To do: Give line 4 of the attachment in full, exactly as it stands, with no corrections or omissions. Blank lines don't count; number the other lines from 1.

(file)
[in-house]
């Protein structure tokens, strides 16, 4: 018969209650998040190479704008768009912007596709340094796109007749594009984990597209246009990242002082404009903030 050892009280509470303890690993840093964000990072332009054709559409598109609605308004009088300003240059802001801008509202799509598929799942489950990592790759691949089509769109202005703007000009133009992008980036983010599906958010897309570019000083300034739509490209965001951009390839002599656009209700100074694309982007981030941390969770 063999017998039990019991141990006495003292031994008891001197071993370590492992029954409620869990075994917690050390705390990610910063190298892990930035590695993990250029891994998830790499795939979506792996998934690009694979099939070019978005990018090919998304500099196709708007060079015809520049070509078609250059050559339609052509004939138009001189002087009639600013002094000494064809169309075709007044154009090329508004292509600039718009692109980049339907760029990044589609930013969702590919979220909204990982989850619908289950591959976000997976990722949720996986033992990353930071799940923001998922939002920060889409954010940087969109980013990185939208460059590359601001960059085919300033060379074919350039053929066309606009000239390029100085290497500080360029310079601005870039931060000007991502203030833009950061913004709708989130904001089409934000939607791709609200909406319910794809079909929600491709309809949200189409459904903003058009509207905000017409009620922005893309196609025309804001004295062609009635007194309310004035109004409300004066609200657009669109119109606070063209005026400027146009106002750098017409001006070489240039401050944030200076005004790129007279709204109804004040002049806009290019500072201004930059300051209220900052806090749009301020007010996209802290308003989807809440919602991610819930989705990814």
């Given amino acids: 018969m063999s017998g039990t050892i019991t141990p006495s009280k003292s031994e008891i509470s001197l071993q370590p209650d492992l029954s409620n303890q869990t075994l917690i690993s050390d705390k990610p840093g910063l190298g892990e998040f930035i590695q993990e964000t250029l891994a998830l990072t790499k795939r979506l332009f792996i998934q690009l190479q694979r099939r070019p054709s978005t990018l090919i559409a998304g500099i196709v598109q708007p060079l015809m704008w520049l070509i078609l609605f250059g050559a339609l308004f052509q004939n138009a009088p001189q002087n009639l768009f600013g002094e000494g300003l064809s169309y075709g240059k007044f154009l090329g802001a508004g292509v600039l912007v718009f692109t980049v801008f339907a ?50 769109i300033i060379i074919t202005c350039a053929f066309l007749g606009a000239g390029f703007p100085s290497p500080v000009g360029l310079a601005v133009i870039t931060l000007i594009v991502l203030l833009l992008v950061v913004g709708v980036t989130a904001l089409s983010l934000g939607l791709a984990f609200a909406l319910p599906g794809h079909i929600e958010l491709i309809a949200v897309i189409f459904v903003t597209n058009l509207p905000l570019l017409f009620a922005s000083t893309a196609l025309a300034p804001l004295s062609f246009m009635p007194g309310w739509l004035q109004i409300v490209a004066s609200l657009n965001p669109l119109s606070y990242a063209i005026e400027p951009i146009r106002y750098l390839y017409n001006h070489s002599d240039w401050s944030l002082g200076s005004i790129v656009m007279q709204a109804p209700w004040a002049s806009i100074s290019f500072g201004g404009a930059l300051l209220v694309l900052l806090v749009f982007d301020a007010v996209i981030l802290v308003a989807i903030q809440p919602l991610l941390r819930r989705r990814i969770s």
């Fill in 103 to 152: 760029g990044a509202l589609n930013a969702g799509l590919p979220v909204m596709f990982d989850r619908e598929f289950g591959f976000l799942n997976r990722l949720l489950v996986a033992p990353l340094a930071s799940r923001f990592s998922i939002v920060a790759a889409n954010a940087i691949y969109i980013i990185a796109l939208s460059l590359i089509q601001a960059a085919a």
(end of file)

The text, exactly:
């Fill in 103 to 152: 760029g990044a509202l589609n930013a969702g799509l590919p979220v909204m596709f990982d989850r619908e598929f289950g591959f976000l799942n997976r990722l949720l489950v996986a033992p990353l340094a930071s799940r923001f990592s998922i939002v920060a790759a889409n954010a940087i691949y969109i980013i990185a796109l939208s460059l590359i089509q601001a960059a085919a």